“Difficulty getting going”, is how many of us describe not being a morning person. Morning Activation Deficit (MAD) is a more technical description. Whatever the terminology, the phenomenon is frequent in depression.1,2
It has been thought that lack of early morning activation is a consequence of depression, but perhaps the reverse is true: depression could be a result of lack of morning activation. If so, encouraging morning activity through scheduling tasks may be a helpful therapeutic approach, suggested Stephen Smagula (University of Pittsburgh, USA).
Low morning activity may lead to depression by allowing more time for thinking about negative emotional content
A neurobiological basis in rumination
Evidence for the hypothesis comes from people who care for patients with dementia and are at risk of depression. Carers with mild-moderate symptoms were compared with those who had few or none.
- Actigraphy data confirmed the association between morning inactivity and depression: carers with depressive symptoms were significantly less active than controls, but only during the period 8-10 am.3
- Morning inactivity predicted the persistence of depressive symptoms six months later. Carers with active mornings seemed to be protected against developing symptoms.3
- Support for a neurobiological basis came from functional MRI. “Non-morning”carers had greater resting-state connectivity between the amygdala (involved in fear and stress responses) and the ventral posterior cingulate cortex (involved in autobiographical memory) than morning-type carers.4 Greater amygdala-cingulate connectivity correlated with depressive symptoms.
This pathway may be related to rumination, Professor Smagula speculated. Lack of morning physical activity could contribute to depression by allowing more time for thinking about negative emotional content.
Intervention based on this hypothesis is feasible, he continued. In a pilot study in ten caregivers, therapist-led activity scheduling and monitoring for nine weeks led to a decrease in self-reported morning activity deficits.
In schizophrenia, the interface between disturbed sleep, inflammation and aging is a new target for intervention
Poor sleep a modifiable factor related to excess mortality
The fifteen-year (and growing) gulf in life expectancy between people with and without schizophrenia arises largely from a greater susceptibility to chronic diseases of aging,5 Ellen Lee (University of California San Diego, USA) told the session on sleep and mental health.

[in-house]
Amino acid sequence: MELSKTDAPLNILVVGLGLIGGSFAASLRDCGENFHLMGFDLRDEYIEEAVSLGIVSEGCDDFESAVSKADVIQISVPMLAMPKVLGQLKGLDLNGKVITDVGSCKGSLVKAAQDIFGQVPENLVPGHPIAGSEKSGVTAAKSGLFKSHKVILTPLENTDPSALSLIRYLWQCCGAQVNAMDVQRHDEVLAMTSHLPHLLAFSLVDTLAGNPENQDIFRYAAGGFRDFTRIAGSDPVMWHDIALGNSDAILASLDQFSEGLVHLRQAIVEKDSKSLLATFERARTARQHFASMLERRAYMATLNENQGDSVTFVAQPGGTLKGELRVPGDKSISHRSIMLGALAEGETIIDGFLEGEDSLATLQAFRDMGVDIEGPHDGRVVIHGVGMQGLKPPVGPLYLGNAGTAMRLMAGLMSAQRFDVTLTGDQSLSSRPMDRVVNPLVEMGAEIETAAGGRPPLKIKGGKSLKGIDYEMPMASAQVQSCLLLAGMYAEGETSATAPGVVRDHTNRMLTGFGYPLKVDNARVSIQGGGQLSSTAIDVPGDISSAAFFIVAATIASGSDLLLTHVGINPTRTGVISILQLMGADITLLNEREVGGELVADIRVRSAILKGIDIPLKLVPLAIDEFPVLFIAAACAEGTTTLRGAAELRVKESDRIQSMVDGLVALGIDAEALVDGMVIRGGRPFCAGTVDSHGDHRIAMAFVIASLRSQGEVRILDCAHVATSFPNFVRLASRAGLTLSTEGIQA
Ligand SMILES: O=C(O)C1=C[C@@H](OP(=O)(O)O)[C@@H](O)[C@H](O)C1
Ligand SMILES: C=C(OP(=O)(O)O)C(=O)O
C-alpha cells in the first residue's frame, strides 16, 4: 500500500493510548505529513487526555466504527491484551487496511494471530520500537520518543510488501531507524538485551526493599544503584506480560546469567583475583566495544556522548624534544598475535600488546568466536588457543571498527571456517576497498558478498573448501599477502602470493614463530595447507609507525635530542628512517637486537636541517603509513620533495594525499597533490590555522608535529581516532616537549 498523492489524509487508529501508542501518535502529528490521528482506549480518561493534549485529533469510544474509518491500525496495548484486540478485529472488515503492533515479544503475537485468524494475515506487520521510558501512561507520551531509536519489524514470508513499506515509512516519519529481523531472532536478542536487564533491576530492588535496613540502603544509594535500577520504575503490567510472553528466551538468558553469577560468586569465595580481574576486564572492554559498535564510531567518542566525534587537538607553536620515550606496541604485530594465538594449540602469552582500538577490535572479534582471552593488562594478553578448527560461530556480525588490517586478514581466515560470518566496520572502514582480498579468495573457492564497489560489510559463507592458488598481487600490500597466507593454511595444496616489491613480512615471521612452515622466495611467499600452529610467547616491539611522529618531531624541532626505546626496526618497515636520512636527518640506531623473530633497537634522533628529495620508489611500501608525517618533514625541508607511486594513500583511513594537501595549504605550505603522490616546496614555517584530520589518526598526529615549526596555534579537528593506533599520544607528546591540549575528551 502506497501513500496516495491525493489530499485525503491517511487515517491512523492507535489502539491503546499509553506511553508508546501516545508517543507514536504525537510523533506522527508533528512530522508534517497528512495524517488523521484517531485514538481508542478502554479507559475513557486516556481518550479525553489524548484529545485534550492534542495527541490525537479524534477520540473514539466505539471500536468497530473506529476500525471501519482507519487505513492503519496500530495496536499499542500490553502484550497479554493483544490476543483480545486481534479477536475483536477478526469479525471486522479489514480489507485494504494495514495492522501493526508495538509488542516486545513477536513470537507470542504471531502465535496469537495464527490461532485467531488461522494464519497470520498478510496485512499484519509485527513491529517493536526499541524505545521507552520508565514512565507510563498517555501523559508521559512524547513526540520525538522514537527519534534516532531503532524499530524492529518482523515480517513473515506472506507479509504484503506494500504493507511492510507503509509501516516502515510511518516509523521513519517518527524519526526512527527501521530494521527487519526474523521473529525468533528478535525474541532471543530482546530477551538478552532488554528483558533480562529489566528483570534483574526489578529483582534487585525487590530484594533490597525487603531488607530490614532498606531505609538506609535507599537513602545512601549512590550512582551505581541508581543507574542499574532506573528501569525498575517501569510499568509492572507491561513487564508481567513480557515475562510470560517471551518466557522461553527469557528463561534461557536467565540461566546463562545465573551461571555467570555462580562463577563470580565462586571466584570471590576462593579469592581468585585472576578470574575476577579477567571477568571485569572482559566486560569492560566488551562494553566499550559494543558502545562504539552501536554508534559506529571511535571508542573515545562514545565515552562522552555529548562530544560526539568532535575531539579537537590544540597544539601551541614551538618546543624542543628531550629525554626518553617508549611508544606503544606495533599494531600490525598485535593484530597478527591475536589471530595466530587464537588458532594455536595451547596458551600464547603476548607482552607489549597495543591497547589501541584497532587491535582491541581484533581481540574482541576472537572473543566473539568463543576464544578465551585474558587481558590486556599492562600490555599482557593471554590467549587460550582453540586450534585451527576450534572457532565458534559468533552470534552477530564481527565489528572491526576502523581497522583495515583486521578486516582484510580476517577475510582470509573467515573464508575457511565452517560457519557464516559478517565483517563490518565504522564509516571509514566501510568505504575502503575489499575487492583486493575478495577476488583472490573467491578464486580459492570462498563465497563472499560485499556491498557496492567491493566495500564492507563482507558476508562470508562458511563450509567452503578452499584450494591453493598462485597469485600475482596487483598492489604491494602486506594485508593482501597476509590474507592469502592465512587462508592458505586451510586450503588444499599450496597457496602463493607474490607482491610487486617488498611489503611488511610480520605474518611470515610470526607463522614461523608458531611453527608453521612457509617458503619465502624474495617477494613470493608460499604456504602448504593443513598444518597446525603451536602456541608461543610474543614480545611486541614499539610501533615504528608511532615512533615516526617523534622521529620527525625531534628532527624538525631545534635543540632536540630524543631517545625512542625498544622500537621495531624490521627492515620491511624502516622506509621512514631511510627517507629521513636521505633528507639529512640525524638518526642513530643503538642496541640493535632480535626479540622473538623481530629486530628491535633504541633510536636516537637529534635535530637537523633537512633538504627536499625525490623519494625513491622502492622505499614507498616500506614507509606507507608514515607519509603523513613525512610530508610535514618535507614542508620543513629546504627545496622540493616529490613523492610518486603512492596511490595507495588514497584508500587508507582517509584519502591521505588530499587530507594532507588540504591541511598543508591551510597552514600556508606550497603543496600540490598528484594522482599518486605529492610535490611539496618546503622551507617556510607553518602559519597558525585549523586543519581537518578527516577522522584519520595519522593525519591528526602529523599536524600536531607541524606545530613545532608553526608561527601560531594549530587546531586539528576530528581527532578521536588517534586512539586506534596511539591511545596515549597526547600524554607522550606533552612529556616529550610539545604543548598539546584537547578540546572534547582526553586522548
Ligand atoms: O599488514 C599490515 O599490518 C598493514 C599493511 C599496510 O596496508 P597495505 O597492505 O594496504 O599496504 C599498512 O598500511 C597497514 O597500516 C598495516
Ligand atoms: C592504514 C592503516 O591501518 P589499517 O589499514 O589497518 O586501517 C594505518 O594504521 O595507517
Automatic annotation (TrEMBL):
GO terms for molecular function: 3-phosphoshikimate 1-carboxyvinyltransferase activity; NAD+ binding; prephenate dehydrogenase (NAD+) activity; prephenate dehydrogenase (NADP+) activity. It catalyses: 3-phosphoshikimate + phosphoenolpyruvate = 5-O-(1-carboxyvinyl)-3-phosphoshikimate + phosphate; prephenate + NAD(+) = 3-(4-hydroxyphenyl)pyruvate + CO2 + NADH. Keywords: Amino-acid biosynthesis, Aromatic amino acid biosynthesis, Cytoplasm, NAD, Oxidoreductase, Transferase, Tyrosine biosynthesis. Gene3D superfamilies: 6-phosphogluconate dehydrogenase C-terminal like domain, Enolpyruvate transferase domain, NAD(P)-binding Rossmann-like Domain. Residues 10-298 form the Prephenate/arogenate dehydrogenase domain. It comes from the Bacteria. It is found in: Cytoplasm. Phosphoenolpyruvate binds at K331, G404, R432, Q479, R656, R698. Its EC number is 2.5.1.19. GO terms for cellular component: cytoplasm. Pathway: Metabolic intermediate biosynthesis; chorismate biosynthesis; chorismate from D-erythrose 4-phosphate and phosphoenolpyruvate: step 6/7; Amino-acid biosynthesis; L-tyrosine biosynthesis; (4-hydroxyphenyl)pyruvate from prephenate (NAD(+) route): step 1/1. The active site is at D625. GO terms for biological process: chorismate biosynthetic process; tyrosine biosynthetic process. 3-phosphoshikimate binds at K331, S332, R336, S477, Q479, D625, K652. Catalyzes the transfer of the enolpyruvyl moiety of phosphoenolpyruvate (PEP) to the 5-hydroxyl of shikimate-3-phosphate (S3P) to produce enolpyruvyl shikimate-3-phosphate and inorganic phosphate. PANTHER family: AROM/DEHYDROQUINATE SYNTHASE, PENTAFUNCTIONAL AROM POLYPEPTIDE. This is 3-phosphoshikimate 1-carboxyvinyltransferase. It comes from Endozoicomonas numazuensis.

Inflammatory processes have been implicated in this earlier onset of age-related pathology (or “inflammaging”) in people with schizophrenia. And poor sleep seems to contribute, she said. Sleep problems affect 30-80% of people with schizophrenia, precede the onset of symptoms, and are associated with worse quality of life and cognitive function.6
Baseline data on a longitudinal cohort of people with schizophrenia and controls cast light on these associations:6
Findings implicate poor sleep and inflammation in cognitive and metabolic dysfunction
- Compared with controls, people with schizophrenia slept longer and had poorer sleep quality
- In people with schizophrenia, poor sleep quality was associated with higher levels of the inflammatory markers C-reactive protein and interleukin-6
- High marker levels were associated with slower cognitive processing, even in the absence of insomnia
- Both poor sleep and raised CRP and IL-6 were more frequent in women than men
- There is a suggestion that poor sleep is associated with metabolic dysfunction evident in higher levels of HbA1c.
Preliminary data also suggest that obstructive sleep apnea is common among people with schizophrenia in the San Diego cohort. It was found in 48% of subjects, but only 6% had been formally diagnosed. Sleep apnea in the study was associated with inflammation and slower processing.
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